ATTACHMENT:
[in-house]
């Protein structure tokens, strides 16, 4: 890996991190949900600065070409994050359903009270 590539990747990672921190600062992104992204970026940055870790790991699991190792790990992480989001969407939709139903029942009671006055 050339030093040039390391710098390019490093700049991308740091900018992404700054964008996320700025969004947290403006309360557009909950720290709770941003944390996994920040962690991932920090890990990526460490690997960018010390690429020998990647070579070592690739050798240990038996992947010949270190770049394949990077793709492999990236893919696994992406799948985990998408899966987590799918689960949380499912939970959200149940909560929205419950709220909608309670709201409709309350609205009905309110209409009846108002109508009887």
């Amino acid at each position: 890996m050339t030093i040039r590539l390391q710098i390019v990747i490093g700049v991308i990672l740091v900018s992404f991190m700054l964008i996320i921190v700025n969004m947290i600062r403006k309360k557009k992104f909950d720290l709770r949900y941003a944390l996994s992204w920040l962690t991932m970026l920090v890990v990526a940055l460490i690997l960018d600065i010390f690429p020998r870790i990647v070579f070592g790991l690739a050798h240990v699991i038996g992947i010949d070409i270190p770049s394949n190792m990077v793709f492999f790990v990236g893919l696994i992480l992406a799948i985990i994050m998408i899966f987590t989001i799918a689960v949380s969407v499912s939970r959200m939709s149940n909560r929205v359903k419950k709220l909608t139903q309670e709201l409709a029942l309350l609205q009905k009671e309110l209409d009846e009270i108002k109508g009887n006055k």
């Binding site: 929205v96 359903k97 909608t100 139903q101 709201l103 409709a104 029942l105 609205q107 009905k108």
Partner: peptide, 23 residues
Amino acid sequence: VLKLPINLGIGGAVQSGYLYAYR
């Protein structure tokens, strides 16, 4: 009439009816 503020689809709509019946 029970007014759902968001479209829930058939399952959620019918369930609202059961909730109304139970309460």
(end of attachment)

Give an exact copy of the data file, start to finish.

[in-house]
């Protein structure tokens, strides 16, 4: 890996991190949900600065070409994050359903009270 590539990747990672921190600062992104992204970026940055870790790991699991190792790990992480989001969407939709139903029942009671006055 050339030093040039390391710098390019490093700049991308740091900018992404700054964008996320700025969004947290403006309360557009909950720290709770941003944390996994920040962690991932920090890990990526460490690997960018010390690429020998990647070579070592690739050798240990038996992947010949270190770049394949990077793709492999990236893919696994992406799948985990998408899966987590799918689960949380499912939970959200149940909560929205419950709220909608309670709201409709309350609205009905309110209409009846108002109508009887």
């Amino acid at each position: 890996m050339t030093i040039r590539l390391q710098i390019v990747i490093g700049v991308i990672l740091v900018s992404f991190m700054l964008i996320i921190v700025n969004m947290i600062r403006k309360k557009k992104f909950d720290l709770r949900y941003a944390l996994s992204w920040l962690t991932m970026l920090v890990v990526a940055l460490i690997l960018d600065i010390f690429p020998r870790i990647v070579f070592g790991l690739a050798h240990v699991i038996g992947i010949d070409i270190p770049s394949n190792m990077v793709f492999f790990v990236g893919l696994i992480l992406a799948i985990i994050m998408i899966f987590t989001i799918a689960v949380s969407v499912s939970r959200m939709s149940n909560r929205v359903k419950k709220l909608t139903q309670e709201l409709a029942l309350l609205q009905k009671e309110l209409d009846e009270i108002k109508g009887n006055k």
């Binding site: 929205v96 359903k97 909608t100 139903q101 709201l103 409709a104 029942l105 609205q107 009905k108």
Partner: peptide, 23 residues
Amino acid sequence: VLKLPINLGIGGAVQSGYLYAYR
């Protein structure tokens, strides 16, 4: 009439009816 503020689809709509019946 029970007014759902968001479209829930058939399952959620019918369930609202059961909730109304139970309460």